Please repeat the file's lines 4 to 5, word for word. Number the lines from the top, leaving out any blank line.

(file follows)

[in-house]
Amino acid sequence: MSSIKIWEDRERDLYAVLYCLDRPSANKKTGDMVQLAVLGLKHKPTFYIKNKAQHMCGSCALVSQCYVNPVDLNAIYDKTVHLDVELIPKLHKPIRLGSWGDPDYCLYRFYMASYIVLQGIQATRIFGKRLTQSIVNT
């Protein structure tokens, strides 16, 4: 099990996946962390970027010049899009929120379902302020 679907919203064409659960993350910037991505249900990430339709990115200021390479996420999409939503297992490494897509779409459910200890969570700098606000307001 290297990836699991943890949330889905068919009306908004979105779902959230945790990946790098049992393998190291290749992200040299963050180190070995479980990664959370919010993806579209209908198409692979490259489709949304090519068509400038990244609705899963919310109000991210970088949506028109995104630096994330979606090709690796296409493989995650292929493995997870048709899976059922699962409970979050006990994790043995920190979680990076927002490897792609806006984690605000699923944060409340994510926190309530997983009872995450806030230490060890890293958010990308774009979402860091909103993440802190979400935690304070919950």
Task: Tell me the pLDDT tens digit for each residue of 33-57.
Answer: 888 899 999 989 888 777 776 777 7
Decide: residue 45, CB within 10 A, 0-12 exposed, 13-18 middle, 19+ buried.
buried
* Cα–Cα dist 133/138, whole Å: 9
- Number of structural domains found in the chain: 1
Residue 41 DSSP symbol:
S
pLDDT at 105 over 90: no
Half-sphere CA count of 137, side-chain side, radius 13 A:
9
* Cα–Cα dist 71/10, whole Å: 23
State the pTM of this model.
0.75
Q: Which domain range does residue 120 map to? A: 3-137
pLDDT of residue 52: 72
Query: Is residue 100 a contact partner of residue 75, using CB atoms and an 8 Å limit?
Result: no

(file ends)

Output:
Task: Tell me the pLDDT tens digit for each residue of 33-57.
Answer: 888 899 999 989 888 777 776 777 7